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‘Zim policies adhocratic, chaotic’

The reason why businesses are increasingly abandoning the Zimbabwe dollar is because the currency has depreciated so much that it is almost valueless.

BY TATIRA ZWINOIRA HARARE East Member of Parliament and former Finance minister Tendai Biti says the new law allowing the national power utility to charge exporters in United States dollars for its services is proof of Zimbabwe’s “adhocratic and chaotic” policymaking processes.

Last week, the Reserve Bank of Zimbabwe (RBZ), with the approval of the Treasury, issued Statutory Instrument (SI) 131 of 2022 directing exporters to pay in foreign currency for power purchased from Zesa Holdings.

However, the promulgation of the law comes as government has threatened to levy foreign currency duties on exporters charging consumers in strictly foreign currency for their goods or services.

The reason why businesses are increasingly abandoning the Zimbabwe dollar is because the currency has depreciated so much that it is almost valueless.

When the Zimbabwe dollar was reintroduced on June 24, 2019, after a decade in the morgue, it had a value of $6,32 against the greenback but this has since depreciated to $396,89 currently on the official market and over $800 on the parallel market.

“The regime has enacted SI 131 of 2022 which obliges exporters or partial exporters to pay electricity charges in US dollars.

“The measure is yet further proof of the adhocratic and chaotic nature of policymaking in Zimbabwe. It is proof of how ill-thought de-dollaristion was,” Biti said on Twitter last week.

He added: “Zimbabwe faces an energy crisis arising out of the fact that in 42 years of independence, there has not been investment in power generation.

“The Hwange thermal units are archaic and obsolete whilst Kariba has its own challenges. Pushing the cost of lack of gross capital formation to exporters is heavy handed and ill-thought.

“Zimbabwe urgently requires fresh 2 000 megawatt (MW) power generation and this regime is not capable of overseeing this. The lack of infrastructure development in 42 years captures incompetency and paralysis of the #Zanu project.”

Zesa Holdings revealed at the March International Renewable Energy Conference hosted by Alpha Media Holdings publishers of NewsDay, The Standard, Zimbabwe Independent and Weekly Digest, that the utility required US$2,5 billion to recapitalise.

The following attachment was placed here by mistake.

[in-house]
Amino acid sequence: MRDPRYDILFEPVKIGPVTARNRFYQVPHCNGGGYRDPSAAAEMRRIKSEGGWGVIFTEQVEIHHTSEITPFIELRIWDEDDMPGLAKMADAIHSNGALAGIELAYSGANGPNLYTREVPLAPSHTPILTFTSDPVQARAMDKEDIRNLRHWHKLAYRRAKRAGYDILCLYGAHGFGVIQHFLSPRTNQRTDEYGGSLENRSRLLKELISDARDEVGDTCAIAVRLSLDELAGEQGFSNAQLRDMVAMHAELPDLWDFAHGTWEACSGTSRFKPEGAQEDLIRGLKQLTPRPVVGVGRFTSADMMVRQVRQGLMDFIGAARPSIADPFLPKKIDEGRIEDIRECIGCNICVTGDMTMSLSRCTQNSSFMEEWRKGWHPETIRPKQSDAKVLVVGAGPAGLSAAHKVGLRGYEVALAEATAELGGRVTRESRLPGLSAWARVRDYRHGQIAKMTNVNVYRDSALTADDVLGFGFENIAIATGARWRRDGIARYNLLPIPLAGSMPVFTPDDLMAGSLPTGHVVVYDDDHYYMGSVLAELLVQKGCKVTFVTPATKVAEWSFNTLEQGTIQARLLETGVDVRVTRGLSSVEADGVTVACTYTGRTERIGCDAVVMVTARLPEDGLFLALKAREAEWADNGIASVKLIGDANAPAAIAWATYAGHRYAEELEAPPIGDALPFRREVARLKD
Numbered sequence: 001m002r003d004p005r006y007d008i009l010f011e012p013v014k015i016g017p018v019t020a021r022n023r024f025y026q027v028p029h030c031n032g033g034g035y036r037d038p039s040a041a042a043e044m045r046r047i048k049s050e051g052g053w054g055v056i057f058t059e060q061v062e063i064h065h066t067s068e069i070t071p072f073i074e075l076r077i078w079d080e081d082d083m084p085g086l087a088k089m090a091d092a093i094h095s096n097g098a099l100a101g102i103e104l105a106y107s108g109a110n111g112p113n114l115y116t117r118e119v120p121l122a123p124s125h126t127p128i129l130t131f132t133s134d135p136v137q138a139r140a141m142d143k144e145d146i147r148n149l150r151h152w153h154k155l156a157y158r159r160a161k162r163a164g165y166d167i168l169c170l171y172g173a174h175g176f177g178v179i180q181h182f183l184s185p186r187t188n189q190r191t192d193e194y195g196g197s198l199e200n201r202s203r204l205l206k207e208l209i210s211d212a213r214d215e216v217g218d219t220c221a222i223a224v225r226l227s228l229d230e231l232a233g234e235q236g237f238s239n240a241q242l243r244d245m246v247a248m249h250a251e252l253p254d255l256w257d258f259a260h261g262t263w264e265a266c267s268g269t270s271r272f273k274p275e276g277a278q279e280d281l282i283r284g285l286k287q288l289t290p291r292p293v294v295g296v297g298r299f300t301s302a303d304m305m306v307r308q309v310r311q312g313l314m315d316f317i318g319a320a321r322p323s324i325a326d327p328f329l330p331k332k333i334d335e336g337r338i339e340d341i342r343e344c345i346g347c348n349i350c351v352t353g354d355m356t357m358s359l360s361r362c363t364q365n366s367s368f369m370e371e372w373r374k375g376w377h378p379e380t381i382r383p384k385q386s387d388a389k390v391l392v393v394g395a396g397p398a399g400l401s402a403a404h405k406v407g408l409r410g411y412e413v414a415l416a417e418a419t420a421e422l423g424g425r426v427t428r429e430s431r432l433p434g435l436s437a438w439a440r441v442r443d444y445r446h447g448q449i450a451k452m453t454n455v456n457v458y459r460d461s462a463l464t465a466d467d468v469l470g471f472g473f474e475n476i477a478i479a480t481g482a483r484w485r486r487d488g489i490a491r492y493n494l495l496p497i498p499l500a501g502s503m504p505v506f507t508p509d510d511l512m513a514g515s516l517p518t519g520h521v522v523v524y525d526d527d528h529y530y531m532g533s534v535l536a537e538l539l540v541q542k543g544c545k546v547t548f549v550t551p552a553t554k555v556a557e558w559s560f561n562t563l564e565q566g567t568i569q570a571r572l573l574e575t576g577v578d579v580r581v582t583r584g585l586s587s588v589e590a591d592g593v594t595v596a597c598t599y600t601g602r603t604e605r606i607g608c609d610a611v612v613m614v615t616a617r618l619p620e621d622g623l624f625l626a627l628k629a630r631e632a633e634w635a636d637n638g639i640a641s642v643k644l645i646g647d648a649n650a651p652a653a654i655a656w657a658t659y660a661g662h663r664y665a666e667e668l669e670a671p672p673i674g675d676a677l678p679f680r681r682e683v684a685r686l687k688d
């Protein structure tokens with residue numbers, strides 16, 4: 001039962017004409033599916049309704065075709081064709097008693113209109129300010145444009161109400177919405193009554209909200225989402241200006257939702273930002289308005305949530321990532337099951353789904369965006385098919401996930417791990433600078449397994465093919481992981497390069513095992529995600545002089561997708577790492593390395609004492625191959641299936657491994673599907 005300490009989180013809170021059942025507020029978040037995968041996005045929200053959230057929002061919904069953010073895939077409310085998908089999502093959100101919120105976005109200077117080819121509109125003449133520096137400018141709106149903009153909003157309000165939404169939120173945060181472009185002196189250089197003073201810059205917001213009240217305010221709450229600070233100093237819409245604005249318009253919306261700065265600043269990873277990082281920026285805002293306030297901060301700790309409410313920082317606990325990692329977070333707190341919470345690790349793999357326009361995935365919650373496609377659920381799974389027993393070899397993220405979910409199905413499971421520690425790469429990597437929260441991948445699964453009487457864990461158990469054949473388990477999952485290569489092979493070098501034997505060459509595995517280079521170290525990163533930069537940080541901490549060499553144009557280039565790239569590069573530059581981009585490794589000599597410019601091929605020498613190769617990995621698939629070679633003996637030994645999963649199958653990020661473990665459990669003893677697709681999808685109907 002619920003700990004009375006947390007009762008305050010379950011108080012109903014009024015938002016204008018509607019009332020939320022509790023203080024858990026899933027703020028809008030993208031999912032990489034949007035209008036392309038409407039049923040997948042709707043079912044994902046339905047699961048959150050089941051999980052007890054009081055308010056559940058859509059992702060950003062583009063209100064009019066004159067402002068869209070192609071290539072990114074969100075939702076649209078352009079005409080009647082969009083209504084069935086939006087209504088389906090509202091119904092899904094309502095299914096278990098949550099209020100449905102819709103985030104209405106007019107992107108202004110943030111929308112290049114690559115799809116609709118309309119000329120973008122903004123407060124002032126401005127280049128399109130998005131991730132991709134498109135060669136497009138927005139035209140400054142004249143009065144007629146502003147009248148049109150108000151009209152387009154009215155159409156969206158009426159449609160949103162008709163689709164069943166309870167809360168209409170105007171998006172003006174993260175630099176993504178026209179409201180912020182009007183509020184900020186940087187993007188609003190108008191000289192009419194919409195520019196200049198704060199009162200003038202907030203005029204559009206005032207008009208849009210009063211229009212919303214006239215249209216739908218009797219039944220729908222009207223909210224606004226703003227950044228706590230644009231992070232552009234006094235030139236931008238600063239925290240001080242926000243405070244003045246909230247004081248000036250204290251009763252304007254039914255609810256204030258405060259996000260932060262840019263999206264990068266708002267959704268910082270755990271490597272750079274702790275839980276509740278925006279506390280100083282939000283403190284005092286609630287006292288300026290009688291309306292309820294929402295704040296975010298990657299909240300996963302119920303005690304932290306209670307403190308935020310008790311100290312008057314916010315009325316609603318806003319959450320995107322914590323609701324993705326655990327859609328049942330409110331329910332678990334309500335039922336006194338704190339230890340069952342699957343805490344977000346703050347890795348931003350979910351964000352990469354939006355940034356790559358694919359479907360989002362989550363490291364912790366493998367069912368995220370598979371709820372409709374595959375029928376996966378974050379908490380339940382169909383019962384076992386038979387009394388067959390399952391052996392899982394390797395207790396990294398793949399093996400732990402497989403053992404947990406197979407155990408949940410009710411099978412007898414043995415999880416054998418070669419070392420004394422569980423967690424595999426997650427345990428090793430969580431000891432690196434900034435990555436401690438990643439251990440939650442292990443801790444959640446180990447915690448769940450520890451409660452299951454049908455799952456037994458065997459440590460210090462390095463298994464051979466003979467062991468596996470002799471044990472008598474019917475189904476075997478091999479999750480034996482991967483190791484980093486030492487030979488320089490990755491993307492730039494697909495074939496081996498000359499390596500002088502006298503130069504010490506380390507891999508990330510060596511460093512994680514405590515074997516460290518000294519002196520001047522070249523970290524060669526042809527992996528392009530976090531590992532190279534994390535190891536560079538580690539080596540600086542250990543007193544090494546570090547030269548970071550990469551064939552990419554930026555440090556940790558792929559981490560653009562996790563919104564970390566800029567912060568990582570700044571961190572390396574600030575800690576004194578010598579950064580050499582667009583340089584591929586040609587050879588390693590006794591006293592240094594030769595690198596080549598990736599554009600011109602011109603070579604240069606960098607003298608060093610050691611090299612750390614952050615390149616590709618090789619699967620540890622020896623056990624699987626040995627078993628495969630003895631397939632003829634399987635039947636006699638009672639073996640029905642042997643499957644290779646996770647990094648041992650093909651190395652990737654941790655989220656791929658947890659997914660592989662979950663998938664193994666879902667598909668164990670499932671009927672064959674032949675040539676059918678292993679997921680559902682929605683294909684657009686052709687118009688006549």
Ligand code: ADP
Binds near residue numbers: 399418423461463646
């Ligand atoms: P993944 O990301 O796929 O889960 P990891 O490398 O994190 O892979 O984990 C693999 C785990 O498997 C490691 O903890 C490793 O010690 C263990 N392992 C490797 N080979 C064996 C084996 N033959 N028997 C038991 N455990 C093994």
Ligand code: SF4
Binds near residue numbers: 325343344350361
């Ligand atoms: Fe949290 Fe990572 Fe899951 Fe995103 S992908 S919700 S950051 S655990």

The money is for increasing power generation to reduce the reliance on imported electricity that Zesa has been struggling to pay for.

The country has a monthly electricity generation import requirement of US$17 million.

But, while Zesa has a huge foreign currency requirement, workers and businesses earn their revenues in mostly Zimbabwe dollars.

As a result, experts expect new forex levies to be included in the costs of goods and services, thus increasing prices and further raising the already soaring cost of living for consumers.

“Needless to say, gross capital formation and infrastructure development will be a top, top priority in a new Zimbabwe.

“Zimbabwe infrastructure is in a state of decay, frozen in a 1950s-time machine. An absolute national embarrassment,” Biti said.

“Making exporters pay for electricity is also reflective of the fact that the regime has run out of foreign currency.

“The auction system has been an expensive vehicle of arbitrage and the taps are running dry, yet, the same exporters still suffer from the pain of export surrender requirements.”

Under the export surrender requirements, exporters must surrender 40% of their foreign currency earnings that they have called a tax burden.

“The overuse of Statutory Instruments to govern reflects lack of planning and disdain of parliament.

“Having 131 SIs in six months literally means a Statutory Instrument every 16 hours.

“Governance by decree is authoritarian, archaic and undemocratic,” Biti said.

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